Finally, there’s a semi-private corner of the airport that’s actually accessible to the casual traveler. Earlier this month, The Club Airport Lounges opened the doors to its newest “independent shared-use lounge” at Phoenix Sky Harbor International Airport. We know you’ve heard the sales pitch before: a place to relax, complimentary drinks and snacks, business centers, and so on. But where other lounges (at least in the U.S.) have always required some sort of membership or affiliation, we love that The Club works on a completely open, pay-as-you-go model. For $35, any traveler – regardless or what airline they’re flying, their status, or which credit card they use – are able to settle into a less-crowded, less-hectic haven and recharge as needed.
So is shelling out $35 worth it? Last fall, we pointed out how lounge experiences really only make sense if you have the time to enjoy it. Presuming you do have a few hours at the airport, here’s a look at The Club’s amenities, plus a price comparison with other types of lounges.
Sample Airport Prices, Outside a Lounge:
Wine & Beer: $8
These amenities are worth roughly $44, total. And that doesn’t take into consideration the value of having a more comfortable, less crowded lounge space itself to relax in. Even if you forgo the shower – we can usually do without – as long as you plan to help yourself to some drinks, snacks, and Wifi, The Club lounge still might be a worthwhile splurge.
For comparison, airline-specific lounges like Delta Sky Club or American Airlines Admirals Club charge $50 for day passes to lounges with comparable amenities. Unless you know you’ll have 13 or more layovers in the coming year, the annual passes, which range from $350 to $500 for individuals, plus a $50-$100 in initiation fee, end up being the worse deal. If you always travel with your partner, membership for both of you usually goes for $500-$775. There are a few exceptions, like Alaska Airlines, whose $350 individual Board Room memberships cover your spouse and children under 21, or two guests – but you’d still have to use the lounge a few times to make it worth the fee. (See below for more detailed fees for select airlines.)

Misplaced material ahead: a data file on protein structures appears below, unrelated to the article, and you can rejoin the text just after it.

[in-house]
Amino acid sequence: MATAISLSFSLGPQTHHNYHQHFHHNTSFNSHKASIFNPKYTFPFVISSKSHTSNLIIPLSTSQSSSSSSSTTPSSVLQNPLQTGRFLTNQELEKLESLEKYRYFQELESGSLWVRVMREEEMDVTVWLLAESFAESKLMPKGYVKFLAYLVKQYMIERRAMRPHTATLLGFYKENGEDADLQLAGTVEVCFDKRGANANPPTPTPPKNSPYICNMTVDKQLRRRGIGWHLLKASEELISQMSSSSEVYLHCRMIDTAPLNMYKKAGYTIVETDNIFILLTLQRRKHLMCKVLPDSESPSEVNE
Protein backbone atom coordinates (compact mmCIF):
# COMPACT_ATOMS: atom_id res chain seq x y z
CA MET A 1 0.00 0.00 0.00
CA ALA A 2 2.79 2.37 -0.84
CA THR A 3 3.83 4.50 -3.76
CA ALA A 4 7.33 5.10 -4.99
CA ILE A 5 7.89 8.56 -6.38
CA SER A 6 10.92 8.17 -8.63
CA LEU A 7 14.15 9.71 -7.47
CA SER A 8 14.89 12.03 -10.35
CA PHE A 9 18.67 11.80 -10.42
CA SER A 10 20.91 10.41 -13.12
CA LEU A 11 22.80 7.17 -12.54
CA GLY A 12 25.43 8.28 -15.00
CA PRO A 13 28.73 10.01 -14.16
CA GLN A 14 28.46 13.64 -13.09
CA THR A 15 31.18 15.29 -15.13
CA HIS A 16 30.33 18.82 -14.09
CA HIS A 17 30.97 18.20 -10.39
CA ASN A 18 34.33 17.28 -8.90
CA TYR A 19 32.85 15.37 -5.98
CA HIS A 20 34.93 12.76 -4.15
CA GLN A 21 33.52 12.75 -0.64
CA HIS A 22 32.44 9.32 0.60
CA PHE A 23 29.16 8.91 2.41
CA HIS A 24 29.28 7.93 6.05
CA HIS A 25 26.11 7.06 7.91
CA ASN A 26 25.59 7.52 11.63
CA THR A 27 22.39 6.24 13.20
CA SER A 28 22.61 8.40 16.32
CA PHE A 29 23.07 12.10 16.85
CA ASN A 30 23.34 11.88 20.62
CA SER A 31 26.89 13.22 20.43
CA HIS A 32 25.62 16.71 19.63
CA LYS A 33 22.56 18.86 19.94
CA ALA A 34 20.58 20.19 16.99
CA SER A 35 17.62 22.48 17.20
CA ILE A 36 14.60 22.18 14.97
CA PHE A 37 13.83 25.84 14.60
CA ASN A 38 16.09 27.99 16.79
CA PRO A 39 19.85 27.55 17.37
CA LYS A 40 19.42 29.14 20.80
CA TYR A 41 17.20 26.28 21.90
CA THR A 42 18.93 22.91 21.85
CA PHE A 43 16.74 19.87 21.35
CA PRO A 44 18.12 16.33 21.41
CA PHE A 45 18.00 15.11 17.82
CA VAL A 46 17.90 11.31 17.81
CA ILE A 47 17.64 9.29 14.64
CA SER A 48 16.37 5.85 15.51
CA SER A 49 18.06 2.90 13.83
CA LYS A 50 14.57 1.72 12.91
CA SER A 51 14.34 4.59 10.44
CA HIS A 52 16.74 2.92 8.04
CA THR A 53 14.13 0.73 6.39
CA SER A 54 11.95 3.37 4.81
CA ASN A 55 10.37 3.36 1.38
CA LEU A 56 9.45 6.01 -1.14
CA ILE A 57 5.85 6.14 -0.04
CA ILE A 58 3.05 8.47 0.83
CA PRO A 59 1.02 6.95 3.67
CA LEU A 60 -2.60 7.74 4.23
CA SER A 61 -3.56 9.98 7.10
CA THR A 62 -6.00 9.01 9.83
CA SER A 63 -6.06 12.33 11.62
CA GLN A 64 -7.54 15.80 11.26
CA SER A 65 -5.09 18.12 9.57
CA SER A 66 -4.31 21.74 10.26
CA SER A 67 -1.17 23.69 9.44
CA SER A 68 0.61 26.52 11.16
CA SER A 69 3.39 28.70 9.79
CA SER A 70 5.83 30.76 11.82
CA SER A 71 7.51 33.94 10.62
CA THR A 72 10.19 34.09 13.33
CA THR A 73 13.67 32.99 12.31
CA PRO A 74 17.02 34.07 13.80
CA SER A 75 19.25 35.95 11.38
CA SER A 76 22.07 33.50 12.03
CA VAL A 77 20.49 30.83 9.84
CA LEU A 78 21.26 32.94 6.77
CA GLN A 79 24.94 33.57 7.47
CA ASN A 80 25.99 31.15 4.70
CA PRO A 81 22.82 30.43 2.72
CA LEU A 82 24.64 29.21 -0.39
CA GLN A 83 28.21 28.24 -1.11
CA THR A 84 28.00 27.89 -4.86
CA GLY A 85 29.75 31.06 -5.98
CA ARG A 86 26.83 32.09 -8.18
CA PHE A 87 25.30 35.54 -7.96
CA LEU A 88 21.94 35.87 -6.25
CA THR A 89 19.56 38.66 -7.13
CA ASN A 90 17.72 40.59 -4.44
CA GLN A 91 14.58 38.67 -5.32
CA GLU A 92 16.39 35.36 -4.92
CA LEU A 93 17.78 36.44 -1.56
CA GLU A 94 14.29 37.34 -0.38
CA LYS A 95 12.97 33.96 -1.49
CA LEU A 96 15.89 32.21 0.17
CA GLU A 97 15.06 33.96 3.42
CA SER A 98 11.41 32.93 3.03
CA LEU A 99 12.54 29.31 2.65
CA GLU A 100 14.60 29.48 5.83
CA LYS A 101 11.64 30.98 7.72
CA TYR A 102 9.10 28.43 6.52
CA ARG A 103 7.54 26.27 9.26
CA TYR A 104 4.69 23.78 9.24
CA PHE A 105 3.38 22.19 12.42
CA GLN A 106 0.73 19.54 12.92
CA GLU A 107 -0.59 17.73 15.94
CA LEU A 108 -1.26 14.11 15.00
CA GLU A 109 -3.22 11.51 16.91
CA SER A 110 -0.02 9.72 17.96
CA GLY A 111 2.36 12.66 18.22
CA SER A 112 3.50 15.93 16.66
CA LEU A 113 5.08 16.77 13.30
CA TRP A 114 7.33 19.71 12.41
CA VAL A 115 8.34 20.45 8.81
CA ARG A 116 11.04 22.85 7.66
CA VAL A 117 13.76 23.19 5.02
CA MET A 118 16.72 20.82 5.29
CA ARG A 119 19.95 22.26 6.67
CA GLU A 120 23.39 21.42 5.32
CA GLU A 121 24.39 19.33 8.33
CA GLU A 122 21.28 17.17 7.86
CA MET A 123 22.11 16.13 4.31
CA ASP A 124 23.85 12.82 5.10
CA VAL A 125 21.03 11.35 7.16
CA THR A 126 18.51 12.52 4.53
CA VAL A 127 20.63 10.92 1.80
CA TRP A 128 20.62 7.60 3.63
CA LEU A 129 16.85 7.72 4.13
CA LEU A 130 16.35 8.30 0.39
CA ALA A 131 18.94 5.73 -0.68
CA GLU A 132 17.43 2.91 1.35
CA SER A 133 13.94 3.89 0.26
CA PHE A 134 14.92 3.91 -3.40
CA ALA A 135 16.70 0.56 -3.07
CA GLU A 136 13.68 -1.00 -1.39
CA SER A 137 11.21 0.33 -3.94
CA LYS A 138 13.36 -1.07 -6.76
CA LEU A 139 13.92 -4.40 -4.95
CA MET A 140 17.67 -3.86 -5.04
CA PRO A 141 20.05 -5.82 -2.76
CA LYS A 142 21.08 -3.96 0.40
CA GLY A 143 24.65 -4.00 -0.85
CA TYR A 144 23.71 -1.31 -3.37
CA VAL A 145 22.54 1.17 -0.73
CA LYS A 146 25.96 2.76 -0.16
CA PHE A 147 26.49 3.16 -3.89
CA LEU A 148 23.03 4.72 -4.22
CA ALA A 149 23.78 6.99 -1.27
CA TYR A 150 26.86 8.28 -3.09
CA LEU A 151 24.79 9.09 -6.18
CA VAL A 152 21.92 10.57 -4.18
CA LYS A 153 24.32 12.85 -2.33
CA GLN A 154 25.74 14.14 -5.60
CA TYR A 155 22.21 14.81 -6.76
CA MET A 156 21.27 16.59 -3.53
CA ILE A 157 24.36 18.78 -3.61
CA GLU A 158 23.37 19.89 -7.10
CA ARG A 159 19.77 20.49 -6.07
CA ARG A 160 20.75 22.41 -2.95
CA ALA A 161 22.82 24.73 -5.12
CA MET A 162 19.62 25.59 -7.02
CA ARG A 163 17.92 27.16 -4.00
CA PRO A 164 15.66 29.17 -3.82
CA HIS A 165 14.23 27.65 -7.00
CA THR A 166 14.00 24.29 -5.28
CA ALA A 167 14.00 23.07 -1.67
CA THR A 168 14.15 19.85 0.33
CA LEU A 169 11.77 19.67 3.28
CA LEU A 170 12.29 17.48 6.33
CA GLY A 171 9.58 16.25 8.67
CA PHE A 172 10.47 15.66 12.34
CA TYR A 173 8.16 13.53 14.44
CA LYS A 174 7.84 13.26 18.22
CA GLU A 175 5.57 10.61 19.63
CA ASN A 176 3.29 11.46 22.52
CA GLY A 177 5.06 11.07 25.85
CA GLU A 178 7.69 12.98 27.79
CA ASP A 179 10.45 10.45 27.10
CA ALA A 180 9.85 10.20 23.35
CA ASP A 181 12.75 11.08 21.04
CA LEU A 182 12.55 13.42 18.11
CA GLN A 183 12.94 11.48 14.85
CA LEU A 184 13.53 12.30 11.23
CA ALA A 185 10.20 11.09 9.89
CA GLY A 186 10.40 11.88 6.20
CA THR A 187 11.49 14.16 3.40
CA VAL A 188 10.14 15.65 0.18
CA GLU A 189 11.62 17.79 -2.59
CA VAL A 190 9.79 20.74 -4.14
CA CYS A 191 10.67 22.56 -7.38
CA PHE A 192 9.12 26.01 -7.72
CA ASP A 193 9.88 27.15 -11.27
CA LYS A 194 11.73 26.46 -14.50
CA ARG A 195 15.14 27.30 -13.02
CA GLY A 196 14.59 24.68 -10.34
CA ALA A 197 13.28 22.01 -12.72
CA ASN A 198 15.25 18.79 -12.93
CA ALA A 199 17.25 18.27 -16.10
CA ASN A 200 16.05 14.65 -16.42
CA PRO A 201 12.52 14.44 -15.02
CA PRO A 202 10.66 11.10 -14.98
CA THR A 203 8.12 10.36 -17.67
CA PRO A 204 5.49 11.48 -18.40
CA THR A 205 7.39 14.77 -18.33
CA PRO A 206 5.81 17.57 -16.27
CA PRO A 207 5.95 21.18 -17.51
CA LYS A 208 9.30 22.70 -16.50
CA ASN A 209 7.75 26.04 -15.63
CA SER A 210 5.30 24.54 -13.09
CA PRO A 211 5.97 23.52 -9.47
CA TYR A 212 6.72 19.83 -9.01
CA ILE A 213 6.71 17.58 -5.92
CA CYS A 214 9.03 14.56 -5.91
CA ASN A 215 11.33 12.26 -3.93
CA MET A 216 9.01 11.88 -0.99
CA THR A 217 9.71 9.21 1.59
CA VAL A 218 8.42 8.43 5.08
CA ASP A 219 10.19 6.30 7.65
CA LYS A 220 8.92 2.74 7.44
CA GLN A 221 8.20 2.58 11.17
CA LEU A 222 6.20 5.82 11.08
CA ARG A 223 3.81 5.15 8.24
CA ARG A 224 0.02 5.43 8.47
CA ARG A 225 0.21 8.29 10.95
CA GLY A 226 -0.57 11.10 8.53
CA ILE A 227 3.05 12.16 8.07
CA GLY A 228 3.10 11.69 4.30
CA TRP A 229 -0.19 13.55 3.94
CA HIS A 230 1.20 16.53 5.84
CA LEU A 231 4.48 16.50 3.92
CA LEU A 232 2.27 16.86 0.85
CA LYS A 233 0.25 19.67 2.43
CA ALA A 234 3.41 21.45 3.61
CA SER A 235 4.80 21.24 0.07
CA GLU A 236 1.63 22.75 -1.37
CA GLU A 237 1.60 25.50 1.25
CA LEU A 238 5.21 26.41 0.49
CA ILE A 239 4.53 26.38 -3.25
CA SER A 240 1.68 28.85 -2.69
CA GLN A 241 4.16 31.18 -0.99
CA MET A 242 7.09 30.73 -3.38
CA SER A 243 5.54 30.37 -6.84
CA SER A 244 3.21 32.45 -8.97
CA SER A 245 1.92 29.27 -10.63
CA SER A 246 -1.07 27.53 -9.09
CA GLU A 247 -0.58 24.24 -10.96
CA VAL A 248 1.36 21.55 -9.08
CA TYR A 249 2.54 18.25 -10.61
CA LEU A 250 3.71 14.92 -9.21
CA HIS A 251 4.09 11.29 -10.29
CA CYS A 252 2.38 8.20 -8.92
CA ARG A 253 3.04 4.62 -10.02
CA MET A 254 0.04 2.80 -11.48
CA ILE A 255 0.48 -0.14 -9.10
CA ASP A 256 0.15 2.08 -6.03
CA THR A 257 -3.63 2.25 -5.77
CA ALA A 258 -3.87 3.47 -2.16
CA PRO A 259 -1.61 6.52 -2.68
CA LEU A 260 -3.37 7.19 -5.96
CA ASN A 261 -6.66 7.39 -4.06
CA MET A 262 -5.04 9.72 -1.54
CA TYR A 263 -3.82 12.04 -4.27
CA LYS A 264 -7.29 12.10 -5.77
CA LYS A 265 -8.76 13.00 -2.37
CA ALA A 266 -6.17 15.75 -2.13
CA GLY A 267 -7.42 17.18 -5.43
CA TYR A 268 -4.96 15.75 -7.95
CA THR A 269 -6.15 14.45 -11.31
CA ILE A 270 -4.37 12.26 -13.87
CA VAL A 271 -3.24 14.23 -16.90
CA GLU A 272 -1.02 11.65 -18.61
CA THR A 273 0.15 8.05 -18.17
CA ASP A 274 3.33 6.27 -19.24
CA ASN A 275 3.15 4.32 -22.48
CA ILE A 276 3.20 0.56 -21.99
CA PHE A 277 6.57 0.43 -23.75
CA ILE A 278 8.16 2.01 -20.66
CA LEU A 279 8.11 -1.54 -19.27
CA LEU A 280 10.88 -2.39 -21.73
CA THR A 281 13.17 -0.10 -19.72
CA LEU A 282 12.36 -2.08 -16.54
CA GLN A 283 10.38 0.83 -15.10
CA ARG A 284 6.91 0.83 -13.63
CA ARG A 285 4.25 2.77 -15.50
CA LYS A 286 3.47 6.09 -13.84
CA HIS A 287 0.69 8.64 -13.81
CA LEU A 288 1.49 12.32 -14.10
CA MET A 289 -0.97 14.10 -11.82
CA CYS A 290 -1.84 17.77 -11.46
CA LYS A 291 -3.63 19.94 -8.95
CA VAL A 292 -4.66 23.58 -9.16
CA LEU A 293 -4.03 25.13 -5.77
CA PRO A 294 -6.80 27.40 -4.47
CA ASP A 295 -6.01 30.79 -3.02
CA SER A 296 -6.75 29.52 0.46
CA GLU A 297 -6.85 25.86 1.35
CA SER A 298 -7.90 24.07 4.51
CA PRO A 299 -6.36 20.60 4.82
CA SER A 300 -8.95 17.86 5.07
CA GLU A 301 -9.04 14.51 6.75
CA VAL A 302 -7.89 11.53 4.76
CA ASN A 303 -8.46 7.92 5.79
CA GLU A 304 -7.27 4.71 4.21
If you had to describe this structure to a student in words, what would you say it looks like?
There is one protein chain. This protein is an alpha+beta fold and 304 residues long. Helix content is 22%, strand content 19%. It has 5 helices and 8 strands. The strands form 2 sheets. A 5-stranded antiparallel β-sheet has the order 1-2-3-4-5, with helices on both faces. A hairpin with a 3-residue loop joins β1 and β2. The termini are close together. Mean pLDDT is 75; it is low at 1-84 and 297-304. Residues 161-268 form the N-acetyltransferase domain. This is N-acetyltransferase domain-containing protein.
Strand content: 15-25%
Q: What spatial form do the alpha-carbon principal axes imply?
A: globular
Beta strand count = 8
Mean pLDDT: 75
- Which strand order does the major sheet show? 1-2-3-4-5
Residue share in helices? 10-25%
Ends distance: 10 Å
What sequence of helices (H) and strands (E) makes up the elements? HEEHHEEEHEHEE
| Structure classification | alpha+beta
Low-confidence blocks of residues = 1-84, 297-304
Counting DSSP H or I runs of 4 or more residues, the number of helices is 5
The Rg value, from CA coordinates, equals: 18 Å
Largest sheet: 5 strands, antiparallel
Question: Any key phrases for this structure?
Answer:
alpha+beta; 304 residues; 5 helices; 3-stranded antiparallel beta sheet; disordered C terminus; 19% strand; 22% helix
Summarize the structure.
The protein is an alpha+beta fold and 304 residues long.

Last fall, we also mentioned independent lounges like the Priority Pass as an alternative to airline programs. Priority Pass is actually The Club’s sister company, but because it requires an annual membership, it’s usually not worth it for occasional travelers. Its Standard membership has an annual fee of $99 and charges $27 per visit.
The American Express’ Centurion Lounge probably offers the strongest value for one-time use. While day passes also go for $50 (unless you’re a Platinum or Centurion cardholders), the facilities and services are a step up from the usual. Of course, this only applies if you have one of AmEx’s cards, and the question is whether you’ll take advantage of the perks. If you don’t need a gourmet buffet, specialty cocktails, or massages during your layover, non-exclusive lounges will still serve you just fine.
Lounge Fees for Select Airlines
|Airline||Day Pass||Annual: Individual||Annual with Spouse||Initiation||Extra Guests|
|Delta||$50||$450||$695 (plus two guests free)||—||$29|
*Permits spouse and children under 21, or two guests each